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Auditing Design Systems

Part of the promise of a design system is having a platform for periodic — if not constant — iteration.

white multi-floor library

Unlike digital projects of the past, design systems aren’t so much torn down and rebuilt so much as they’re gracefully evolved. In theory, everyone wins in this iterative scenario because everything within the system stays stylistically consistent throughout its lifetime.

But is that a realistic expectation?

The Messy Results of Adding to a Design System

Even with the best intentions, the blatant inconsistencies and inefficiencies we use design systems to absolve are susceptible to be substituted with more subtle misalignments. In spite of regular governance and pruning, we’ve seen misalignments like typographical hierarchy shifts and mixed conventions of text-over-photo vs. text-below-photo. If you subscribe to the notions of digital entropy and that websites aren’t a “set it and forget it” thing, you’ll love how design systems amplify this.

How do these misalignments come about? In our experience, stylistic compromises (think: not so much new colors but new shades, not so much new fonts but new type sizes or roles, etc.) aren’t always a product of a wayward contributor or a lack of design discipline. We’ve seen divergent styles borne from new content or initiatives that don’t quite fit existing options, or the desire to feel more emphasized or elevated above what’s available.

Adding something new to a system can work — or it can create a nexus event and branch timeline like Loki did.

As you can imagine, those subtle misalignments can add up across products — but they can also provide an opportunity to clarify what you’re committed to. We recently had such an opportunity with the team at Hormel Foods. Their corporate website is the primary product of their design system. Having launched it in early 2017, we’ve since introduced many new components and variations on original ones. Not only was it time to resolve a few disparate styles — it was time to evolve the design system without rebuilding it.

The Remedy: Audit

Well, well, this should sound familiar. Audits and inventories usually kick-off design system projects, but they’re also valuable in addressing the kind of issues we’re talking about. You might think we’re auditing for misuse of the system, but we’re looking a bit deeper for those subtle shifts as opposed to flagrant compromises.

For example, the post-launch components we added to the system were technically consistent stylistically (the right fonts, colors) and were justifiable as “family-ing” with the rest of the design system. Using one of the misalignments I just mentioned, an audit of all the site components showed that Component X used a text-under-photo convention and Component Y used text-over-photo. Even if we wanted to commit to a healthy split of both approaches, the balance wasn’t quite there to seem intentional. In our case, we saw more value in not obstructing or obscuring photos with text across the board — especially ones with food. And thus, our audit helped us turn an increasing inconsistency into a consolidated, intentional approach.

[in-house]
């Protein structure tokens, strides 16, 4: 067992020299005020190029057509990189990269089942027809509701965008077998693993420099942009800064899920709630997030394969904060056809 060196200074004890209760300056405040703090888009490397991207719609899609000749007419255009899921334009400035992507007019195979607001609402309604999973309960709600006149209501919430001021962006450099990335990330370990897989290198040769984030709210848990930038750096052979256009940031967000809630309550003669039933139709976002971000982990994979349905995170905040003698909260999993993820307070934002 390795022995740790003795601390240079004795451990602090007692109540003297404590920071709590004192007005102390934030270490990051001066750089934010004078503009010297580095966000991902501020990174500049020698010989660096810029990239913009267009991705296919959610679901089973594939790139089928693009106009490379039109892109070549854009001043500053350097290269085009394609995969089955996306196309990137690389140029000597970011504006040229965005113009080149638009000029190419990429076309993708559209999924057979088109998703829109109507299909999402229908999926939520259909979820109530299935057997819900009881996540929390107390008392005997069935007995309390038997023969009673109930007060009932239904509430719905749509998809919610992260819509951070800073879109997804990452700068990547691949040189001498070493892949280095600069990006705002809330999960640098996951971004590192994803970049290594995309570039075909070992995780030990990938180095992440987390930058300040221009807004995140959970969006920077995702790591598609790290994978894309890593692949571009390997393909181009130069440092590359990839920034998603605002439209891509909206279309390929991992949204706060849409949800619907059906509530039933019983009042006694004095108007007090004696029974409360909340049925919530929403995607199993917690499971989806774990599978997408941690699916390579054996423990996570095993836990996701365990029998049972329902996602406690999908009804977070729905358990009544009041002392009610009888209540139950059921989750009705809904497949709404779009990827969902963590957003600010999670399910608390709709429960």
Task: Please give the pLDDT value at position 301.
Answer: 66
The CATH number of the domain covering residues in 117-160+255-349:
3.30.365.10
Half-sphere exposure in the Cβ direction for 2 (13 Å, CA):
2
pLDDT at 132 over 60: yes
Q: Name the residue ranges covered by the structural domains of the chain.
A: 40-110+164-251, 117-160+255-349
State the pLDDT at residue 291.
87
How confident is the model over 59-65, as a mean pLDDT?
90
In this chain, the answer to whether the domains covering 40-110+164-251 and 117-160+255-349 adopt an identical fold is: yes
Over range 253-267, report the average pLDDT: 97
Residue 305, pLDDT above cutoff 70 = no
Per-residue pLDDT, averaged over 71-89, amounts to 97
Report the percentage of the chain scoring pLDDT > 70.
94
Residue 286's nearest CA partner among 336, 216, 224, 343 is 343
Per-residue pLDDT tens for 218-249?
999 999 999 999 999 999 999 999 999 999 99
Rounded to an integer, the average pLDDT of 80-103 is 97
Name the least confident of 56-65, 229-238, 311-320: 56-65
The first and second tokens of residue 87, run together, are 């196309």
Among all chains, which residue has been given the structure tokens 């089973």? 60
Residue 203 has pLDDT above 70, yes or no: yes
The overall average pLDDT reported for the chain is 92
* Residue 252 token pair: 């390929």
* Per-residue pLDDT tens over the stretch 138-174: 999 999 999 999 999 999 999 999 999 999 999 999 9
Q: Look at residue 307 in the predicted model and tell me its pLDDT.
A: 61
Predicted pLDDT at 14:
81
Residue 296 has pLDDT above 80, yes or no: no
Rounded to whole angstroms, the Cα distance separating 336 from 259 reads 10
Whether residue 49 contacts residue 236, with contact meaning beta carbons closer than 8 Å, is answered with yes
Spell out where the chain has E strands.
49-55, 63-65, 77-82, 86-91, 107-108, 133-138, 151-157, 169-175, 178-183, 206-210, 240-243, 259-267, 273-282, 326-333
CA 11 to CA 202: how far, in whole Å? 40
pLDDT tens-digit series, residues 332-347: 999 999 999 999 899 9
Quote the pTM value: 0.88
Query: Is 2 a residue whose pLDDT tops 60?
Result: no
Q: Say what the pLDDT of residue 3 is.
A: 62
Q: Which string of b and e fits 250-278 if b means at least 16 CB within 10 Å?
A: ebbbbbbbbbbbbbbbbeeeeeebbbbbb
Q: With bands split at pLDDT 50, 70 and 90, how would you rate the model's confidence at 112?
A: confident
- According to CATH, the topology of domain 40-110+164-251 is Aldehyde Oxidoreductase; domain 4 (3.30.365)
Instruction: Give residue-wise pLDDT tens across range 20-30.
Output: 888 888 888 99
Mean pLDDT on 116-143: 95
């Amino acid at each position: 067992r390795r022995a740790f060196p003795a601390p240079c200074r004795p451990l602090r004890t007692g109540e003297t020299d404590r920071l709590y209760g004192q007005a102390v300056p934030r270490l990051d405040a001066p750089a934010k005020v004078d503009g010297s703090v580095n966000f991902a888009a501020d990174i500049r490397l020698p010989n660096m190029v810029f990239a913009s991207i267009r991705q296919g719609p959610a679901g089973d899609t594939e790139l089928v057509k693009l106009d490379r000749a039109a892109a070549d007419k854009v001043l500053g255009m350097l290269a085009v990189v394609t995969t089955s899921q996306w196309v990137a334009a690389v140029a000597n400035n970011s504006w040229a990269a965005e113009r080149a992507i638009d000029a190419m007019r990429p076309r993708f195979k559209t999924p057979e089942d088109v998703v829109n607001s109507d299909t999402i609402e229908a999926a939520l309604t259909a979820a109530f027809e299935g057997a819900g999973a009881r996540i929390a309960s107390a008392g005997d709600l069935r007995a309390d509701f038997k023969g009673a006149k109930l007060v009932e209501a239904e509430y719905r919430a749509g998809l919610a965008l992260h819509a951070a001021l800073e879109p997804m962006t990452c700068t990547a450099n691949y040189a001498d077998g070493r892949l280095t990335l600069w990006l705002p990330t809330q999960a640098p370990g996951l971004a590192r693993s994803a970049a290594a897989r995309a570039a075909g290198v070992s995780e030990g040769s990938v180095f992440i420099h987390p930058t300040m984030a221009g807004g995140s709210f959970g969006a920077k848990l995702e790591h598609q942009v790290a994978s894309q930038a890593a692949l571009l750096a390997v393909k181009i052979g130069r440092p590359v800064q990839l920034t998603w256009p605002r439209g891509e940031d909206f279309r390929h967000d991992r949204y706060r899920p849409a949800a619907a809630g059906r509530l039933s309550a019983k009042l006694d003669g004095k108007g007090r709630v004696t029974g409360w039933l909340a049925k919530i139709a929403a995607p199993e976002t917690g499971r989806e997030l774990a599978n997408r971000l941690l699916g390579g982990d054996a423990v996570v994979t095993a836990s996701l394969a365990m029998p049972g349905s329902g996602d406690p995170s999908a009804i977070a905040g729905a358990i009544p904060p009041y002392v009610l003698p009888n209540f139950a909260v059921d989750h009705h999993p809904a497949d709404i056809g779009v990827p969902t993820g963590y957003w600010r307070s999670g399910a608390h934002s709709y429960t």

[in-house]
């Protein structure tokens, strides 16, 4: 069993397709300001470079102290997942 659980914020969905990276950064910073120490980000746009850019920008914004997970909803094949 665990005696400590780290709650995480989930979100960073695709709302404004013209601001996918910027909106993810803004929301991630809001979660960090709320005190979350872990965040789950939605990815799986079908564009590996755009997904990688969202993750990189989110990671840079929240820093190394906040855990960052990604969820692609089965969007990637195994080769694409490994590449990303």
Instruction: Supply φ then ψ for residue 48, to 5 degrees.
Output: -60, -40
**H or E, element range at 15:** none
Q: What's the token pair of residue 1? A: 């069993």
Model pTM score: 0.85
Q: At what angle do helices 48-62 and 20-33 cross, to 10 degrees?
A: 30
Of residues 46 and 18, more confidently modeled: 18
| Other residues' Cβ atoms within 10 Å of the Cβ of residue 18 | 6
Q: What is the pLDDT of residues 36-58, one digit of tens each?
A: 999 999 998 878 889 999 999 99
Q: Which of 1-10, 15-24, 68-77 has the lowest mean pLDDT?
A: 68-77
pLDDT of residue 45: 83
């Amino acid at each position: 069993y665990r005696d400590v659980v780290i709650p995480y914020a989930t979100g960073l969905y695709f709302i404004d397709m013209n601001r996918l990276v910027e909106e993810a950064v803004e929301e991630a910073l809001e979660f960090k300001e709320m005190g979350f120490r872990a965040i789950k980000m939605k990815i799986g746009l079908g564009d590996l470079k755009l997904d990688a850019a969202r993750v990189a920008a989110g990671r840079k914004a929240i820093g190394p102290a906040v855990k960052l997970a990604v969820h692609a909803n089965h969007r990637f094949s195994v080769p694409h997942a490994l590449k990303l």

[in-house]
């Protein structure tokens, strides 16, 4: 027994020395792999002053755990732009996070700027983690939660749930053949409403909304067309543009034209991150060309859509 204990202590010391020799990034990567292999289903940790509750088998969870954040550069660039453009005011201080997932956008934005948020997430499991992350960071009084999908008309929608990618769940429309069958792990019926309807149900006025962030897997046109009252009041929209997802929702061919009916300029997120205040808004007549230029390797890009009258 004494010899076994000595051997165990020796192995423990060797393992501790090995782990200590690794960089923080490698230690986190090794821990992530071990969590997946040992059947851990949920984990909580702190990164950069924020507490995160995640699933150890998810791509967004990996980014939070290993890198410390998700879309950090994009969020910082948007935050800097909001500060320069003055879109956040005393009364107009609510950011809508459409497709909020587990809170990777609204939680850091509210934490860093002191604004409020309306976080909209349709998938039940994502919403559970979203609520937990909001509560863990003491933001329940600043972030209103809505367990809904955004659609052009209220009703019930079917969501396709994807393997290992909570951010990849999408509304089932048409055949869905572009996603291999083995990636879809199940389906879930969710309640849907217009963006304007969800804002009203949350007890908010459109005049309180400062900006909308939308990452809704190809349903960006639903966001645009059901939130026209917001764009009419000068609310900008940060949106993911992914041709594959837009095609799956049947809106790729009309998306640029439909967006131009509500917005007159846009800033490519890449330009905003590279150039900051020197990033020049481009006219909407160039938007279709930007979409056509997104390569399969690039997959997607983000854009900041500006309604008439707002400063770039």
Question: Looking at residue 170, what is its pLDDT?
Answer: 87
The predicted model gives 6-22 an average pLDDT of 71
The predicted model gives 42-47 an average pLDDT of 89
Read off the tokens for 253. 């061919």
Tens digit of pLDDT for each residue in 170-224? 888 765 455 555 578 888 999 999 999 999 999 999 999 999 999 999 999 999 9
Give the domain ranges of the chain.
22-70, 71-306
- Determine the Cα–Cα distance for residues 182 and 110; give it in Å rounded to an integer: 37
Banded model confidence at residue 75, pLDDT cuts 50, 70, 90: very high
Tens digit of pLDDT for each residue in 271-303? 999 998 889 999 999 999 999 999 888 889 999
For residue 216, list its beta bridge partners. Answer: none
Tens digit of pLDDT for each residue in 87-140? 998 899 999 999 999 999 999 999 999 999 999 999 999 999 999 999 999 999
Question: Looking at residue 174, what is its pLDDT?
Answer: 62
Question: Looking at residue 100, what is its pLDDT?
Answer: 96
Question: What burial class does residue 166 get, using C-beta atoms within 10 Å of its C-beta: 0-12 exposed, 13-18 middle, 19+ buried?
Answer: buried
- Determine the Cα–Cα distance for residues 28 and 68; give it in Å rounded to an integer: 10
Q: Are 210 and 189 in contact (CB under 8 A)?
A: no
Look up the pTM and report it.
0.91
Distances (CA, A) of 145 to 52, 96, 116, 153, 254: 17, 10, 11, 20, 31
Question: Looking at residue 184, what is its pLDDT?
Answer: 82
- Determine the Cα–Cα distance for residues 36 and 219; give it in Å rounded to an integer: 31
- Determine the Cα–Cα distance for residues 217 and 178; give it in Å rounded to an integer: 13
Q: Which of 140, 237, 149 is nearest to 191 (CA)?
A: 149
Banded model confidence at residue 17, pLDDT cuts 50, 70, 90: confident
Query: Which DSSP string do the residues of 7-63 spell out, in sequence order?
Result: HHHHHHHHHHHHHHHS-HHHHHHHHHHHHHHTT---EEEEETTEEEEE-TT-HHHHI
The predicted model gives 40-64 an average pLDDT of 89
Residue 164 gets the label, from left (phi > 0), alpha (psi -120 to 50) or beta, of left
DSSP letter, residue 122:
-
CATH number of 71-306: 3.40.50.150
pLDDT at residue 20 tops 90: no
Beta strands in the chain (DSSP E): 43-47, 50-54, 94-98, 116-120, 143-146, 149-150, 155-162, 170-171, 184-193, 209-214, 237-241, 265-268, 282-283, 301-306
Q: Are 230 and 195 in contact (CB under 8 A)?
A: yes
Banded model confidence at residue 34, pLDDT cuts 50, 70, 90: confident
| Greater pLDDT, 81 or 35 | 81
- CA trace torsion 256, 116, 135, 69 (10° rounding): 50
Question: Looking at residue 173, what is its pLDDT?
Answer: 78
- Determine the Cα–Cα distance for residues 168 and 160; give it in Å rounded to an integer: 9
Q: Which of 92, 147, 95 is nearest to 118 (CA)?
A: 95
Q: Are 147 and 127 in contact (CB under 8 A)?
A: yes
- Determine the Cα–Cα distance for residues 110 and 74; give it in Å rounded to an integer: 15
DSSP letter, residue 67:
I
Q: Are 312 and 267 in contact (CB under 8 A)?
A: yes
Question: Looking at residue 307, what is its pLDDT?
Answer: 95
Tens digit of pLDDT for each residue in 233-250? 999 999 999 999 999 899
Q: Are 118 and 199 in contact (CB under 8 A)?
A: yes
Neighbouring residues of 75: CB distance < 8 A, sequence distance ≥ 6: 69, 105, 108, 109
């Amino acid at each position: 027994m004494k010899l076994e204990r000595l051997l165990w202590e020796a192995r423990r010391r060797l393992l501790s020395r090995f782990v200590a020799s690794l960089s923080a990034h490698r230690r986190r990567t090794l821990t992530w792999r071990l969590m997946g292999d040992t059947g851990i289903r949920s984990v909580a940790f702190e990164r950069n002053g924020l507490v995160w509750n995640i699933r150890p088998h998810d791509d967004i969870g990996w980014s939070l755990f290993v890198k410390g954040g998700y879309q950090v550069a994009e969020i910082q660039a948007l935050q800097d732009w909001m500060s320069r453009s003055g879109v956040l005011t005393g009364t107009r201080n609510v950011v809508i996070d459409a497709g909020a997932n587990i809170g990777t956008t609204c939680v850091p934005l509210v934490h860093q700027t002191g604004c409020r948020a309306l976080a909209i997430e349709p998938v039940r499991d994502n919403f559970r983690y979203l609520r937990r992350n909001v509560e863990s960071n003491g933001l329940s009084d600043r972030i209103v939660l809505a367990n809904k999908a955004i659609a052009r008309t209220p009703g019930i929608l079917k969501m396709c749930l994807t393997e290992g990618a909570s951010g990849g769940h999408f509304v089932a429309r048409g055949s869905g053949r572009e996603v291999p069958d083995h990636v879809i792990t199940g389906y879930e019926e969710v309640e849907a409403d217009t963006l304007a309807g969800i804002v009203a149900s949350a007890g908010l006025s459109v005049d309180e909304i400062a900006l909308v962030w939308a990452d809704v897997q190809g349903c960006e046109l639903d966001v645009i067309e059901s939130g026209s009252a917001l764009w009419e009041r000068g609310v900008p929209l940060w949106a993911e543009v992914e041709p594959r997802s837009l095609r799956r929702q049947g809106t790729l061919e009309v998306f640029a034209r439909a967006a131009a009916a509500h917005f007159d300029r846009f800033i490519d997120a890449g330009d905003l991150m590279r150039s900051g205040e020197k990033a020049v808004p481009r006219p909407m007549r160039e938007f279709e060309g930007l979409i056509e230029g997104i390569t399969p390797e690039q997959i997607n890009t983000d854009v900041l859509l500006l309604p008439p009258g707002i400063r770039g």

We used an exhaustive style audit to direct our refresh of

In retrospect, it may have been beneficial to have tighter guideposts for such conventions during our initial design phases, like “always preserve the brightness of photography”. However, we weren’t using vignettes and text overlays to muddy photos intentionally, so the audit—and quite possibly only an audit—acted as a catalyst for this revelation and principle refinement.

Here’s how we structured our audit:


  • Type: have we shifted how we use our two font families?
  • Photos: have we maintained a balance of subject matter?
  • Color: do our colors still create emphasis and relief like we’d hoped?
  • Icons: do they still hang together as a unit? Still contemporary?
  • Actions: have we introduced more links and button styles than we need?
  • Overlays: how do we resolve the mix of text-on- or below-photo?
  • Facts: were we leveraging the flexibility of our fact component?
  • Layout: did our containers have too many dissimilar points of alignment?
  • Motion: were we using animation as a framework or as a siloed feature?
  • Blocks: do we have every component we need?


  • How We Use It: an overview of our original intent for an aspect of style vs. how it’s actually applied
  • By the Numbers: how much do we apply a style?
  • What We’re Seeing: is there anything happening on the web or in this industry that might nudge us towards the evolution of a style?
  • Recommendation: Here’s how we propose altering, consolidating, and solidifying the purpose for this style aspect moving forward

In our team’s case, the audit helped us reduce the total number of components available, unify styles, and commit to conventions we were previously split on.

All with the added benefit of refreshing the site design without ripping up foundational code or site architecture — a No Demo Reno kind of thing (also a super good cost savings kind of thing). Audits can sound scary, but if you’re in the design system business, they’re incredibly helpful — seemingly the more you use them, too.

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